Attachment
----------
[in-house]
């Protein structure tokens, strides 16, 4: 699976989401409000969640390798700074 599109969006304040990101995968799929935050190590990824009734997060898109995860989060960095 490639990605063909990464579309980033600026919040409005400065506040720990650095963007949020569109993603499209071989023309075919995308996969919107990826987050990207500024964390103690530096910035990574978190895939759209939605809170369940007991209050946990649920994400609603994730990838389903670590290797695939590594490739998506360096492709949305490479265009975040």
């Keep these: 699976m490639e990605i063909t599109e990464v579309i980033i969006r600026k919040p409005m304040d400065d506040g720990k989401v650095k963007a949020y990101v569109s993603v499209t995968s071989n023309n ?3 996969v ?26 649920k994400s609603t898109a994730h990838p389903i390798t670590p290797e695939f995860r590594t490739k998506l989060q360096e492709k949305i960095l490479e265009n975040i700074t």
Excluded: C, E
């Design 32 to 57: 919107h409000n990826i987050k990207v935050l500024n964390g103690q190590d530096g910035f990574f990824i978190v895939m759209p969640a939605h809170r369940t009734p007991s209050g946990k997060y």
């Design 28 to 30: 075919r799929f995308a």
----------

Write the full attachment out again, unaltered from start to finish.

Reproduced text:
[in-house]
């Protein structure tokens, strides 16, 4: 699976989401409000969640390798700074 599109969006304040990101995968799929935050190590990824009734997060898109995860989060960095 490639990605063909990464579309980033600026919040409005400065506040720990650095963007949020569109993603499209071989023309075919995308996969919107990826987050990207500024964390103690530096910035990574978190895939759209939605809170369940007991209050946990649920994400609603994730990838389903670590290797695939590594490739998506360096492709949305490479265009975040």
């Keep these: 699976m490639e990605i063909t599109e990464v579309i980033i969006r600026k919040p409005m304040d400065d506040g720990k989401v650095k963007a949020y990101v569109s993603v499209t995968s071989n023309n ?3 996969v ?26 649920k994400s609603t898109a994730h990838p389903i390798t670590p290797e695939f995860r590594t490739k998506l989060q360096e492709k949305i960095l490479e265009n975040i700074t």
Excluded: C, E
């Design 32 to 57: 919107h409000n990826i987050k990207v935050l500024n964390g103690q190590d530096g910035f990574f990824i978190v895939m759209p969640a939605h809170r369940t009734p007991s209050g946990k997060y």
């Design 28 to 30: 075919r799929f995308a």